Nissan’s Steer-By-Wire

Posted by Stephen On Tuesday, October 23rd, 2012

Nissan has announced their plans to introduce a new electronic steering control system – steer-by-wire. This will replace the mechanical steering linkage systems of today, just as fly-by-wire has replaced mechanical systems in aircraft. This system could be introduced on Infiniti models within a year, although the company did not say how much extra money something like this will add to the price.

Steer-by-wire benefits

To a purist who enjoys driving for the experience of driving, something like this just does not seem to sit right. Even if it were effective, how would the handling and control of the car feel? After all, the feel of the driving experience is every bit as important as how it actually works. You just need to read reviews of the latest iteration of Porsche’s iconic 911 to realize just how difficult it is to give the driver the sensations that make driving fun.

Nissan does appear to be trying to address that issue. According to their report, it has said that the feedback will be both more direct and also adjustable. In the same way that drivers car choose between different transmission and suspension settings on some cars now, so he will be able to choose between at least two different modes, Sport and Standard for steering response also.

Steer-by-wire – more than just electric power steering

Not only will there be electric assistance, but there will also be a camera that will help keep the car automatically hold a straight line. This way, drivers will not need to make small corrections and adjustments, since the car will do that for them! The system itself will also be able to auto-correct in the event of crosswinds. Even auto purists will find little to grumble about a feature that is basically going to make long-distance driving less taxing.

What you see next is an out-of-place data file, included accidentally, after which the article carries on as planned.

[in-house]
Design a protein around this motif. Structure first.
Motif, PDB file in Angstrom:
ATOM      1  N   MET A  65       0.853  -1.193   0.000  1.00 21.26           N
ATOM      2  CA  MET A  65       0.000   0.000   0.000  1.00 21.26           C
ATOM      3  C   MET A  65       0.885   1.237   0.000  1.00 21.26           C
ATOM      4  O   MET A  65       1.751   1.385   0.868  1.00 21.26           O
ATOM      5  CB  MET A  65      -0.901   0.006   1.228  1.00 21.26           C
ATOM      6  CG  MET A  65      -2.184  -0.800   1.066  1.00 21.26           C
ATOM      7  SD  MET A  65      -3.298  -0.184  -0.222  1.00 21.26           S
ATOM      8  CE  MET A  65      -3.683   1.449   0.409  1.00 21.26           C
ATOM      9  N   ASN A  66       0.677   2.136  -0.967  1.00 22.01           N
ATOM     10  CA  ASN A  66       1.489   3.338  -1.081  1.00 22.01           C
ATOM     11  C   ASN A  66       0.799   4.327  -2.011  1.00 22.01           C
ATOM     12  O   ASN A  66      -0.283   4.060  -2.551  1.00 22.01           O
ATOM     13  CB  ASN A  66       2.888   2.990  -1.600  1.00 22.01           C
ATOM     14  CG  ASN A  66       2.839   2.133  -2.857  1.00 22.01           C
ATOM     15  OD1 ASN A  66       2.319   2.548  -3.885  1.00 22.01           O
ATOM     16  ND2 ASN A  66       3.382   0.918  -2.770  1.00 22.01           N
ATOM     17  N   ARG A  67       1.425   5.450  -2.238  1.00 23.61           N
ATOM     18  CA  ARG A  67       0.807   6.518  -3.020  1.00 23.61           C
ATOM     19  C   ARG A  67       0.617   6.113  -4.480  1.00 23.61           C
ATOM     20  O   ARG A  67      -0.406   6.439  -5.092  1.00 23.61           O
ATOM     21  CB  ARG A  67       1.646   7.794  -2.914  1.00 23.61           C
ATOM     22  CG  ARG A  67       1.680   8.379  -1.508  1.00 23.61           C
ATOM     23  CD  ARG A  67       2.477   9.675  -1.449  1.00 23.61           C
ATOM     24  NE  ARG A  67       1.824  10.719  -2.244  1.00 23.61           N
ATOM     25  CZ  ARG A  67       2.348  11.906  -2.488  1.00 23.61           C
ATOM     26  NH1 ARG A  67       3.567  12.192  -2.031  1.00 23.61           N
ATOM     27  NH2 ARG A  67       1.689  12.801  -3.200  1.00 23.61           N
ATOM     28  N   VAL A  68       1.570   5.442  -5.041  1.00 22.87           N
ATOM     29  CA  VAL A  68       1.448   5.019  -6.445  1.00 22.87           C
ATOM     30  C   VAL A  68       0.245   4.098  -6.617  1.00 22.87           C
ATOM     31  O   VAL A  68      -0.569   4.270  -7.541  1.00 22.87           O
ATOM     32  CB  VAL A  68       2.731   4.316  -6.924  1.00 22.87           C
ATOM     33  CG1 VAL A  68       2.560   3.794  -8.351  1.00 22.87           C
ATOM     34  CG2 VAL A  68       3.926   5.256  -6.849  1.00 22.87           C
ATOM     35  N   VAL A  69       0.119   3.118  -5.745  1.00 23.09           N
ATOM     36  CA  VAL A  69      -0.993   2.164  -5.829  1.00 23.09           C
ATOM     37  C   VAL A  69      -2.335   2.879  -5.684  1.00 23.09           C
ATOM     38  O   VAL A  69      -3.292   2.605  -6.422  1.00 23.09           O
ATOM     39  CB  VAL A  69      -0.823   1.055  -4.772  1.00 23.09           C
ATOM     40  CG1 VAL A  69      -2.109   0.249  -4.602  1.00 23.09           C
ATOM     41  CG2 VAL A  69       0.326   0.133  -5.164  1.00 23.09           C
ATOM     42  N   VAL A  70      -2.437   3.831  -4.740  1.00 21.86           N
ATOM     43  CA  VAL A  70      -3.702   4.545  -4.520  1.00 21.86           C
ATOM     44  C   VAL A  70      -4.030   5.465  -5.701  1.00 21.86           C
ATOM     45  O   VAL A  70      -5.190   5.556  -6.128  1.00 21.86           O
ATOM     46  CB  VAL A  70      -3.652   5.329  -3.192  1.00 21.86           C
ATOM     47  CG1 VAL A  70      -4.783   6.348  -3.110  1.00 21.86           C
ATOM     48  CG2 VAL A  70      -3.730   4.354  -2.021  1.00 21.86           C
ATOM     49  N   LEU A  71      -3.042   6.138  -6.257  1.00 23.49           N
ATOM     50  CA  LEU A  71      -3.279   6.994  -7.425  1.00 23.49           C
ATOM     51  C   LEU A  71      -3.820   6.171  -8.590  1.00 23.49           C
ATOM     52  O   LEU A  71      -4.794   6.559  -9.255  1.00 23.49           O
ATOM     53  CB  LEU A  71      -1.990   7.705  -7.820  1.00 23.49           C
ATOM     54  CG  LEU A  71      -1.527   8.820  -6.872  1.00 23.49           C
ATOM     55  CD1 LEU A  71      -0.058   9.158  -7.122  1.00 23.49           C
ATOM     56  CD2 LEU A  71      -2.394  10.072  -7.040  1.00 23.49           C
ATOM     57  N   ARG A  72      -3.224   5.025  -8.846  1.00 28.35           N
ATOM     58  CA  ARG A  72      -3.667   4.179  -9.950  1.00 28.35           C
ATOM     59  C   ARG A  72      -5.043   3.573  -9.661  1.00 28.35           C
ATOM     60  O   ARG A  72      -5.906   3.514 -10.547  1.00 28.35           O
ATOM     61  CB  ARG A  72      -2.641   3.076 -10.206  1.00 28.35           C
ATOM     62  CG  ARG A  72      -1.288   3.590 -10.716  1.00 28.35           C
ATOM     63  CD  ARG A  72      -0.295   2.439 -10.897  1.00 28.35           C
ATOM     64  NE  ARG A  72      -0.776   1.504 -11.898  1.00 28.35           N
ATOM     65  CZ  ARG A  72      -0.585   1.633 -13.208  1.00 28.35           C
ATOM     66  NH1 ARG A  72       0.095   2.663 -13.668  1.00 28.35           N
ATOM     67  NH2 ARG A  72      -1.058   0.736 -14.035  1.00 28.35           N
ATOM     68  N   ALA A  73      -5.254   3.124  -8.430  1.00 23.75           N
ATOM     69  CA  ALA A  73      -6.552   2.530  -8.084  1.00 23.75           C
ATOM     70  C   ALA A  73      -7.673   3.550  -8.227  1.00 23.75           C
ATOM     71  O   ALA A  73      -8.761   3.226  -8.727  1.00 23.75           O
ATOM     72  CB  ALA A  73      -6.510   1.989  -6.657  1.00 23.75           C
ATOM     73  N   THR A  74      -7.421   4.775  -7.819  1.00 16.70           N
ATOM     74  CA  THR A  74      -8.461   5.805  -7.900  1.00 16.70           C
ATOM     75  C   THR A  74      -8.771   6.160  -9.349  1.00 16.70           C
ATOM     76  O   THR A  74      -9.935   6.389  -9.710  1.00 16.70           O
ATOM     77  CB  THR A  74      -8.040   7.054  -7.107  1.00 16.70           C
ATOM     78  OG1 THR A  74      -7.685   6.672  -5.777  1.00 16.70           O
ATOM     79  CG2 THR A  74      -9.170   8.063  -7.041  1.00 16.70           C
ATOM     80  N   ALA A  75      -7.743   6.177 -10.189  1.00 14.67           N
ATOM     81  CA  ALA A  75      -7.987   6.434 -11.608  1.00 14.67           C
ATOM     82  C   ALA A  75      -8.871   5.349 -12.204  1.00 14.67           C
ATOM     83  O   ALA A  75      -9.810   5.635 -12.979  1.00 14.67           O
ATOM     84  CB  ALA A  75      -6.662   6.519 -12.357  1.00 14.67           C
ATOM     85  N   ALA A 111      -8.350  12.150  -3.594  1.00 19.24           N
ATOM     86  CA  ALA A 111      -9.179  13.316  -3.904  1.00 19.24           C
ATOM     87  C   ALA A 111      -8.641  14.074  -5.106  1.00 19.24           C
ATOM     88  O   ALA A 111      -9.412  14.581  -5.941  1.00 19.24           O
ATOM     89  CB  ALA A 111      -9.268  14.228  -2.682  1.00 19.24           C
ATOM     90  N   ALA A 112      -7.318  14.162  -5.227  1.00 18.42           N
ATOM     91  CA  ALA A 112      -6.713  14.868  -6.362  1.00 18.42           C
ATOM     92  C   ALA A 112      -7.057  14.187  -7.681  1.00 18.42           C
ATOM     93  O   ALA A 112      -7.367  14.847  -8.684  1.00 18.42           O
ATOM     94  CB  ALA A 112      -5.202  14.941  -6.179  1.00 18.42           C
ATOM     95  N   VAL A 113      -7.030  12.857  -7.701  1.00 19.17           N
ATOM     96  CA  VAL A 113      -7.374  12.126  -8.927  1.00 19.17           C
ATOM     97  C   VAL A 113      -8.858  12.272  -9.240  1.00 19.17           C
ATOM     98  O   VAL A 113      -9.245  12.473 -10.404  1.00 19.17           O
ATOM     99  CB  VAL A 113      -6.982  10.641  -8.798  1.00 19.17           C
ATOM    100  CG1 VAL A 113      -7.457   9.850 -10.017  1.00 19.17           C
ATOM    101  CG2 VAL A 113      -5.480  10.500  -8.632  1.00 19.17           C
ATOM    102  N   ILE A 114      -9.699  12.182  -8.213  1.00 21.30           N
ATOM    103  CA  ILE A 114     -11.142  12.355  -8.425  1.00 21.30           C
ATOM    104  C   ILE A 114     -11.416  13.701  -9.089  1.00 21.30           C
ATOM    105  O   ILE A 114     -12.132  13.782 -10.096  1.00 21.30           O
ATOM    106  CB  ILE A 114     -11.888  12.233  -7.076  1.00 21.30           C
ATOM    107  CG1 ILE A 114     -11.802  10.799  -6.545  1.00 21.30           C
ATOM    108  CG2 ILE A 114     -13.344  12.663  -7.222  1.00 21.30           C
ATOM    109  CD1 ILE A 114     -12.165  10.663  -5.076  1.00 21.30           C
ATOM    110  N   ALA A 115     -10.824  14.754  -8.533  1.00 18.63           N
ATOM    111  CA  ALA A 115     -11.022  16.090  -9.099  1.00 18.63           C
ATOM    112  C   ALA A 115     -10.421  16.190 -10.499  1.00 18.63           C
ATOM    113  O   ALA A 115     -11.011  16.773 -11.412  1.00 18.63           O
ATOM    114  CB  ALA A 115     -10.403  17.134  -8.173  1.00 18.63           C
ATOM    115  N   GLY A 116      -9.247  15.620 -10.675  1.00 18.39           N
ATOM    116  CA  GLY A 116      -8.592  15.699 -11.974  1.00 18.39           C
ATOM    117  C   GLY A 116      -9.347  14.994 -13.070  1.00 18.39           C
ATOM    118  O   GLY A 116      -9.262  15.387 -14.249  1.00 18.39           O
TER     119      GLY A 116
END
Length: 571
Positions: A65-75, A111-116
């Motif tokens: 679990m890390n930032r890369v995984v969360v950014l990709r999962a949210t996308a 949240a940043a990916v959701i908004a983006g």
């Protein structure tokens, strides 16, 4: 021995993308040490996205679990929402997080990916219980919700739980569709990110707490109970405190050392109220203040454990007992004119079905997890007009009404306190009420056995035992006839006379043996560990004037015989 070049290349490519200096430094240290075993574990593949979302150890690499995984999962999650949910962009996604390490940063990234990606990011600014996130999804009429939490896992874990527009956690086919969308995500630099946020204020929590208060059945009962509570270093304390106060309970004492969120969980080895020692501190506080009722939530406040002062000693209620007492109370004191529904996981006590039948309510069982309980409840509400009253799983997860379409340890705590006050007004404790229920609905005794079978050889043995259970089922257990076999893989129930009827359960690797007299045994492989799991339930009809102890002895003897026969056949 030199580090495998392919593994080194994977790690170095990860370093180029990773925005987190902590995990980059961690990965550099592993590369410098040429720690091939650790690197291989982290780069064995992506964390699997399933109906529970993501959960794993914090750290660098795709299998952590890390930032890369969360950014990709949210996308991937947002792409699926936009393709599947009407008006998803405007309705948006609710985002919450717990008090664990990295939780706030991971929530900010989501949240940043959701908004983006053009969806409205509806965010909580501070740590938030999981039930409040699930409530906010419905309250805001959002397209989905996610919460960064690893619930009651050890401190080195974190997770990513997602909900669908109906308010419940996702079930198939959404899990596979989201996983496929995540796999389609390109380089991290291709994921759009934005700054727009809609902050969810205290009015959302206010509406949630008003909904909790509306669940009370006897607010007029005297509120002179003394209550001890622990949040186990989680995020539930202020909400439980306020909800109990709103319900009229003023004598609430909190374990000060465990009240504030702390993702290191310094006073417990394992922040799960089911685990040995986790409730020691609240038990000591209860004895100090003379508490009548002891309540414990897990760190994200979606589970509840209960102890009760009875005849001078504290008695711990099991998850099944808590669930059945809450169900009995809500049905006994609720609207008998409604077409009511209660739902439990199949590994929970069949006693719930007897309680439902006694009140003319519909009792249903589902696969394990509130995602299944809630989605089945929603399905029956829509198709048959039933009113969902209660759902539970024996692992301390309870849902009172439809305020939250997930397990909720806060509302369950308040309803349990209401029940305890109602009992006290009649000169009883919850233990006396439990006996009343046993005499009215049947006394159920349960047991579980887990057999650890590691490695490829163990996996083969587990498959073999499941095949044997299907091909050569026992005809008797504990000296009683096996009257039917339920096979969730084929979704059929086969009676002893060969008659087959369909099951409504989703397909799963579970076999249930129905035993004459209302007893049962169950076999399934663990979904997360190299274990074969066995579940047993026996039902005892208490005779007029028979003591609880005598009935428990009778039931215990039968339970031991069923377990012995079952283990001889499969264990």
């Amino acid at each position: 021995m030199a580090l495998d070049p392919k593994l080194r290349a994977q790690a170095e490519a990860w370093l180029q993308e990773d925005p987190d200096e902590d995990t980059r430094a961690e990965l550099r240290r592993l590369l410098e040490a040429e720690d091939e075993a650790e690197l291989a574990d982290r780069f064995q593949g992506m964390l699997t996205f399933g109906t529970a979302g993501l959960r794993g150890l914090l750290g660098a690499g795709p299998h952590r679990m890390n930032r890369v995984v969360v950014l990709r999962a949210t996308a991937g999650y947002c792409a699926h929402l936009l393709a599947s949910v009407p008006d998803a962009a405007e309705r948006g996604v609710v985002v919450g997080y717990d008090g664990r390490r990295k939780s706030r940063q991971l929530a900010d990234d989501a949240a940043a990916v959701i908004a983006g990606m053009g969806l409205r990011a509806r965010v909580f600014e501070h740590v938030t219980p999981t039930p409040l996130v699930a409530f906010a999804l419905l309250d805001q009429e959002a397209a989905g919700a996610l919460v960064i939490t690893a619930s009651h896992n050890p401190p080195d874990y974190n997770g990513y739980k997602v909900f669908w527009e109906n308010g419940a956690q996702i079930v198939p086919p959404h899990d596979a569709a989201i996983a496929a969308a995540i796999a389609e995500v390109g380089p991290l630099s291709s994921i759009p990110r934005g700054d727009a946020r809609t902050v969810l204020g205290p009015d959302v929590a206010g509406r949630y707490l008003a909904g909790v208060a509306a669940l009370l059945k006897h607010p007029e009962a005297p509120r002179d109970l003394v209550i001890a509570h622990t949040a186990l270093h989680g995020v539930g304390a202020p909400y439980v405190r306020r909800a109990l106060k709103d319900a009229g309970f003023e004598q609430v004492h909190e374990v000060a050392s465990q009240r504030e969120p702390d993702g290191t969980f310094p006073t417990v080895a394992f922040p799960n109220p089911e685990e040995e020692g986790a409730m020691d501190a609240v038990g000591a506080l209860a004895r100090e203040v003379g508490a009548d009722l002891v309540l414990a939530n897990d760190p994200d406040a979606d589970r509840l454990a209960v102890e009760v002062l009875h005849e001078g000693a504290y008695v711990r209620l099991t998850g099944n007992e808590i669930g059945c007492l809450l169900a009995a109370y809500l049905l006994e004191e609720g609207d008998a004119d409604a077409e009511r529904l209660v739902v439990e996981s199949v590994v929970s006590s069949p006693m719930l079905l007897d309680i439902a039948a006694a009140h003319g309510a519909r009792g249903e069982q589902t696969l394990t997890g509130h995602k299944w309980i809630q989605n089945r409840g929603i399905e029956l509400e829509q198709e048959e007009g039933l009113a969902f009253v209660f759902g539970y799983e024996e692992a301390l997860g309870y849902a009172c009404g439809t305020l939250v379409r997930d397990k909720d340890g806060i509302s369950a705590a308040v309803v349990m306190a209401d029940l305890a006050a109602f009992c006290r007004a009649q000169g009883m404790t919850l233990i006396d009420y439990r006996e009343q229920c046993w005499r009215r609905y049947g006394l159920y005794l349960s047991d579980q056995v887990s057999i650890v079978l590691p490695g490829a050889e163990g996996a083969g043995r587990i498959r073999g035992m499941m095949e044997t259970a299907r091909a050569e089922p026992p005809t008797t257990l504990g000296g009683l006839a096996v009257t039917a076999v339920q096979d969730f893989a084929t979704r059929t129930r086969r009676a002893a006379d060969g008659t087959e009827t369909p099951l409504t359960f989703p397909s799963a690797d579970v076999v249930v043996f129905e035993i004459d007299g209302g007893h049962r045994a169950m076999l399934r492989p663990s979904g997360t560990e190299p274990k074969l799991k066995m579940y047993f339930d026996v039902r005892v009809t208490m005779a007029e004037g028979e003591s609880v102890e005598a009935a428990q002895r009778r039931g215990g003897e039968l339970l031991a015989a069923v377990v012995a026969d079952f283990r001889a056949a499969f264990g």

There will be three redundant engine controllers that will prevent any loss of steering. And in an extreme situation, if the engine were to lose power completely there is a clutch that engages a backup mechanical link, allowing the driver to actually drive the car and control the front wheels.

I am still skeptical. Even with Nissan saying that the steering wheel will be completely isolated and independent from the rest of the system in an effort to reduce the amount of road vibrations felt by the driver. I am not sure I want to reduce the amount of feel to that extent.

It seems that the whole idea of this is to make driving more automatic and more technically easy. The driver does not need to do anything anymore but simply show up and turn they key. Maybe things are getting to the point where there is just too much advanced technology in our cars? Maybe we need to really step up and say, “No thanks, I prefer to actually drive once in a while!”

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